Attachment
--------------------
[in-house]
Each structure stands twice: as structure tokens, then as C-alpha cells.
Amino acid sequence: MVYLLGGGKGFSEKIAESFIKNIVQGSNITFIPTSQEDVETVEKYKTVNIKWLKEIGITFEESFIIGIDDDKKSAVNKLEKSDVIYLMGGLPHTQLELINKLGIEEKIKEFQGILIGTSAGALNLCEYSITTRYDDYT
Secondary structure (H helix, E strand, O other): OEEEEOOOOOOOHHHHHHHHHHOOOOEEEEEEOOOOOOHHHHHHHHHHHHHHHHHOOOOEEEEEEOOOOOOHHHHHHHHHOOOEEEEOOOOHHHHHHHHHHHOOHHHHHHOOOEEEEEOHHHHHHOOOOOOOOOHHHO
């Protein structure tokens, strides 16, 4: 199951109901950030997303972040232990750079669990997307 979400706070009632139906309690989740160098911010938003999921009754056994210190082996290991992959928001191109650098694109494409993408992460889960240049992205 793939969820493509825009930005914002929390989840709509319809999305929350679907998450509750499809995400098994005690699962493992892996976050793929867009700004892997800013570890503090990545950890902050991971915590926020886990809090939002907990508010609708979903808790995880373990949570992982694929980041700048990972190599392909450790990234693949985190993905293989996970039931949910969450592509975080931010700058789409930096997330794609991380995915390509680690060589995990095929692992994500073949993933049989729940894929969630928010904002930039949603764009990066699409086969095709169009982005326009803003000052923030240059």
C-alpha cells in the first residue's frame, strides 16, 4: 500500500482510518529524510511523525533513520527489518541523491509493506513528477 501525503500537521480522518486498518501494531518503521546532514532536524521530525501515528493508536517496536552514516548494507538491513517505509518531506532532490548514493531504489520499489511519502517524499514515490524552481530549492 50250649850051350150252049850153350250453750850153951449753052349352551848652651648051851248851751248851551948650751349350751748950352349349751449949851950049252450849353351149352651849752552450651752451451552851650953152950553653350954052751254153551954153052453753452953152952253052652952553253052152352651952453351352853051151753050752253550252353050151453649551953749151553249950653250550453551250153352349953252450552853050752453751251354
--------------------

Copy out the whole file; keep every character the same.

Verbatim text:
[in-house]
Each structure stands twice: as structure tokens, then as C-alpha cells.
Amino acid sequence: MVYLLGGGKGFSEKIAESFIKNIVQGSNITFIPTSQEDVETVEKYKTVNIKWLKEIGITFEESFIIGIDDDKKSAVNKLEKSDVIYLMGGLPHTQLELINKLGIEEKIKEFQGILIGTSAGALNLCEYSITTRYDDYT
Secondary structure (H helix, E strand, O other): OEEEEOOOOOOOHHHHHHHHHHOOOOEEEEEEOOOOOOHHHHHHHHHHHHHHHHHOOOOEEEEEEOOOOOOHHHHHHHHHOOOEEEEOOOOHHHHHHHHHHHOOHHHHHHOOOEEEEEOHHHHHHOOOOOOOOOHHHO
């Protein structure tokens, strides 16, 4: 199951109901950030997303972040232990750079669990997307 979400706070009632139906309690989740160098911010938003999921009754056994210190082996290991992959928001191109650098694109494409993408992460889960240049992205 793939969820493509825009930005914002929390989840709509319809999305929350679907998450509750499809995400098994005690699962493992892996976050793929867009700004892997800013570890503090990545950890902050991971915590926020886990809090939002907990508010609708979903808790995880373990949570992982694929980041700048990972190599392909450790990234693949985190993905293989996970039931949910969450592509975080931010700058789409930096997330794609991380995915390509680690060589995990095929692992994500073949993933049989729940894929969630928010904002930039949603764009990066699409086969095709169009982005326009803003000052923030240059």
C-alpha cells in the first residue's frame, strides 16, 4: 500500500482510518529524510511523525533513520527489518541523491509493506513528477 501525503500537521480522518486498518501494531518503521546532514532536524521530525501515528493508536517496536552514516548494507538491513517505509518531506532532490548514493531504489520499489511519502517524499514515490524552481530549492 50250649850051350150252049850153350250453750850153951449753052349352551848652651648051851248851751248851551948650751349350751748950352349349751449949851950049252450849353351149352651849752552450651752451451552851650953152950553653350954052751254153551954153052453753452953152952253052652952553253052152352651952453351352853051151753050752253550252353050151453649551953749151553249950653250550453551250153352349953252450552853050752453751251354